Many smartphone users may have enjoyed using an augmented reality application, which uses the device's in-built sensors to create a blend between the real world and a superimposed element.
Juniper Research reports an increase of more than 25 per cent in compatible smartphone handsets during 2010, as well as wider availability of augmented reality applications pre-installed or for download.
The process uses light sensors to create an image of the real-life backdrop, with gyroscopic sensors then used to detect the motion of the handset.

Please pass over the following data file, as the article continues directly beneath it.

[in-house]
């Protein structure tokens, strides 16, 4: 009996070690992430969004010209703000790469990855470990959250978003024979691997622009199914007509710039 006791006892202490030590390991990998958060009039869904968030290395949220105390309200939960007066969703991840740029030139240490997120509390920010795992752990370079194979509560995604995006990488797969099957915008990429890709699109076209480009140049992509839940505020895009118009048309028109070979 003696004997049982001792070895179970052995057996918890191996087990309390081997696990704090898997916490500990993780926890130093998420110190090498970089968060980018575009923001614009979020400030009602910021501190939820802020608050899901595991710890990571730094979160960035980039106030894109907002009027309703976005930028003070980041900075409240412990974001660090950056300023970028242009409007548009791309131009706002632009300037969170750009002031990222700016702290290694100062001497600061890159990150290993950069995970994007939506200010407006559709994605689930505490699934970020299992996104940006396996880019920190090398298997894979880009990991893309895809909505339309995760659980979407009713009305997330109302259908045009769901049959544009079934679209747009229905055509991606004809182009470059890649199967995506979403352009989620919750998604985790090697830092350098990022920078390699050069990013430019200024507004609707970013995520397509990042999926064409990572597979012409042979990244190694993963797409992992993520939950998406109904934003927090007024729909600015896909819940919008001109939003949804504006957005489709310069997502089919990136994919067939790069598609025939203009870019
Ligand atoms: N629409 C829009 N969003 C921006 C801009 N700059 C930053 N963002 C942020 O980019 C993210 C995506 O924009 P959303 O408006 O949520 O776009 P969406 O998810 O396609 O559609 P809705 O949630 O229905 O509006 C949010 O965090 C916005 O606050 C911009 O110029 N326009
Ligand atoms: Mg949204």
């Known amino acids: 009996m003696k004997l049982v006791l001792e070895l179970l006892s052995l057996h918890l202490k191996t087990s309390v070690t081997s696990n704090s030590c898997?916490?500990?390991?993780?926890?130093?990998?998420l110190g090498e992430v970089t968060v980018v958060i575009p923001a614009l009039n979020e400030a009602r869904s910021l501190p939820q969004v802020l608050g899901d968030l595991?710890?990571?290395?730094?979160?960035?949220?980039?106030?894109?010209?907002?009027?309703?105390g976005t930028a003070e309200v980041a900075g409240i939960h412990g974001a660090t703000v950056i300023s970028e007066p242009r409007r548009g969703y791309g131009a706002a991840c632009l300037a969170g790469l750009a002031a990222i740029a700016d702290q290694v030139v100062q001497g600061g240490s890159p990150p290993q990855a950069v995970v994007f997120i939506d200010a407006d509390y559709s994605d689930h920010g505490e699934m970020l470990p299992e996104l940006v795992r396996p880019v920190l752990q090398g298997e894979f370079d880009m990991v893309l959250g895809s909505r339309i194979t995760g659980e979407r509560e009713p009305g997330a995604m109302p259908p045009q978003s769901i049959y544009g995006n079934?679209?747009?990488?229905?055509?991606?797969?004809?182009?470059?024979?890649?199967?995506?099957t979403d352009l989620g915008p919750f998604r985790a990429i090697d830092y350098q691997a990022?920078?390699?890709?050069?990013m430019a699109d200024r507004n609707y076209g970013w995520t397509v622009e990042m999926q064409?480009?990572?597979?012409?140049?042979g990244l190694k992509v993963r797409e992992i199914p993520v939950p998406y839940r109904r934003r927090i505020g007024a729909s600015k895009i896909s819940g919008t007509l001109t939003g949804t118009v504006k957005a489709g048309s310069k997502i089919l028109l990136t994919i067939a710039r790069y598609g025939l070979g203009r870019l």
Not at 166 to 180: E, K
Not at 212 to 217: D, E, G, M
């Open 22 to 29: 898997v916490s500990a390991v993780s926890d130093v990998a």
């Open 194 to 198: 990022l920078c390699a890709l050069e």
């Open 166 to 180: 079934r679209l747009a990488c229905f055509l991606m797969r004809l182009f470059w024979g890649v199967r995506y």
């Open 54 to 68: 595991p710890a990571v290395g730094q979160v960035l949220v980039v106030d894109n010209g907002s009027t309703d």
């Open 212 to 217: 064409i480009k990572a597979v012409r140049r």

By shifting a superimposed image to match this movement, augmented reality allows it to appear as though it were in the real world, being filmed along with the background.
However, the analyst suggests an understanding of the technology is not necessary.
"Even if consumers don't necessarily understand how it works, they can see real-life examples of augmented reality in action," says author of Juniper Research's Mobile Augmented Reality report Dr Windsor Holden.
Posted by Andre Dixon